Joyce Chng, Starfang, Fox Spirit Books,
"Werewolves in space!" is the tagline of this trilogy of novellas. Now, the word "werewolves" usually has me running very fast in the opposite direction, but in my never ending quest for space operas, I gave it a try.
Tina Makereti, Once upon a time in Aotearoa, Huia Publishers, 2013.
Tina Makereti came to my attention because she contributed to the Pacific Monsters anthology by Fox Spirit Books, a small press I'm following, and I was keen to read her short stories. This collection contains 13 short stories, and it is a hidden gem that deserves to be read.
Saad Z. Hossain, Djinn City, The Unnamed Press, 2017.
I will start straight up with a warning I wish someone had given me: this is the first volume in a fantasy series and it ends on a cliffhanger. Nonetheless, I'm reviewing it because Djinn City was a compelling read, with a rich and detailed world building.
Nalo Hopkinson, Midnight Robber, Grand Central Publishing, 2000.
Audiobook available on Audible.
I was recently reminded that I often talk about Midnight Robber but that I still haven't reviewed it. I'm delighted to finally being able to as this scifi novel, artfully blending an intimate narrative with a thoughtful take on the power of words and fiction, and an intriguing planet, is definitely not one to be missed.
Ahmed Saadawi, Frankenstein in Baghdad, Oneworld Publications, 2018.
Translation: Jonathan Wright.
In more ways than one Frankenstein in Baghdad is a novel in conversation both with a literary context and a historical context. And, strangely enough, this fantasy story has common points both with The Underground Railroad by Colson Whitehead and with Frankenstein by Mary Shelley.
W. E. B. DuBois, "The Comet", Darkwater, 1920.
Audiobook available on Audible.
Reprinted in Dark Matter: The Anthology of Science Fiction, Fantasy and Speculative Fiction by Black Writers, edited by Renee Sheree Thomas and Martin Simmons (2000).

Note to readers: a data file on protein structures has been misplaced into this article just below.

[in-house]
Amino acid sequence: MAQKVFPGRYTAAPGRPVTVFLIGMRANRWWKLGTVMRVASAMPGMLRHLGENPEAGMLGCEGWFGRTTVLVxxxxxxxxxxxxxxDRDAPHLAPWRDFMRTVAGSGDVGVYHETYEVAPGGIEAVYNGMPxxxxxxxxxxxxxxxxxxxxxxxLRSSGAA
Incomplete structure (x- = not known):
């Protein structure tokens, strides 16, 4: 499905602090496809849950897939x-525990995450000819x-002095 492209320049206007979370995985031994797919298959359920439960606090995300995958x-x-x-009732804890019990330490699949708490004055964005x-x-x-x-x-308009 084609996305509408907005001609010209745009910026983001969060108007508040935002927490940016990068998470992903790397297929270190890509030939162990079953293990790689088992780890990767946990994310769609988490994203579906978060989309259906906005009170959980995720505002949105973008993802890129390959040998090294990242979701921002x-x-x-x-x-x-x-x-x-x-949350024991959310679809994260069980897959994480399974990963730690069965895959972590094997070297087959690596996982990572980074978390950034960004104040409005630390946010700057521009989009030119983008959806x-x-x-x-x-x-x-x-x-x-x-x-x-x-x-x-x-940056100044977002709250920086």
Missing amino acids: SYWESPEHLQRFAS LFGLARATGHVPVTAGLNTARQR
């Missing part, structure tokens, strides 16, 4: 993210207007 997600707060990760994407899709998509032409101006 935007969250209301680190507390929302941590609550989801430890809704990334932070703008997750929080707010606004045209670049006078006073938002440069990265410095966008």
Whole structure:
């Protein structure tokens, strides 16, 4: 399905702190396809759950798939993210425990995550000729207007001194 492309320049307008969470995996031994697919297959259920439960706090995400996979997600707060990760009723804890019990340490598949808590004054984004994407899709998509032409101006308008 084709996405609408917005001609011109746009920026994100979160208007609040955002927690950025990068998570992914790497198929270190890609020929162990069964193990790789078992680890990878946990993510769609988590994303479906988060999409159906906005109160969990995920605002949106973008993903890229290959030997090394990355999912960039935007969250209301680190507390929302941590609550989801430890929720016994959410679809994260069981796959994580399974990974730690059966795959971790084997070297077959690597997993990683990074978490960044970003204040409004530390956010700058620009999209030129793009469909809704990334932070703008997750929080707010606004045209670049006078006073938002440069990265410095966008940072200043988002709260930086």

It's not my habit to read nor review short stories. They are, as it says on the tin, a tad too short. Nonetheless, I really wanted to read "The Comet", which is not only considered as a scifi classic but also written by one of the earliest Black American scifi writers. I wasn't disappointed.
First story in my series of reviews for stories written before 1978.
Walter Mosley, Disciple, Tor, 2013.
I was looking for something short to read and decided to pick Disciple which had been on my long term to-be-read list for a while. Don't let yourself be fooled by the cover: it is a novella, 77 pages on my ereader. It may be a short scifi story, but oh my! Is it striking!
Aliette de Bodard,
Aliette de Bodard is a writer I follow keenly. Sometimes, her stories aren't my cup of tea, but sometimes they are. They are a risk I enjoy taking because I know the writing is gorgeous anyway. So when I realised she had two scifi novellas I had never read, I had to try them.
Prayaag Akbar, Leila, Simon & Schuster India, 2017.
Leila is typically the kind of entirely believable dystopia that you end up being completely engrossed into. It is not a happy read but it's chilling and sadly all too easy to imagine it happening.
A. Igoni Barrett, Blackass, Graywolf Press, 2016.
Sometimes, you speak of novels blurring the genres, when scifi or fantasy is in the background. Blackass definitely blurs them, very much so. The fantasy element is mainly the starting point to the story and doesn't come back much. But as the novel has been shortlisted for a Nommo Award, it felt only right that, having liked it, I'd review it too.
Victor LaValle, The Ballad of Black Tom, St Martin's Press, 2016.
Audio version available on Audible and on Kobo.
Almost ten years ago, I had read Big Machine by Victor LaValle. I had found it ok. Because of this lack of enthusiasm, I didn't really followed what LaValle did after that. But one person told me I had to read The Ballad of Black Tom. Then another. Then another.
Guess what? They all were right. I had to read it, and so do you.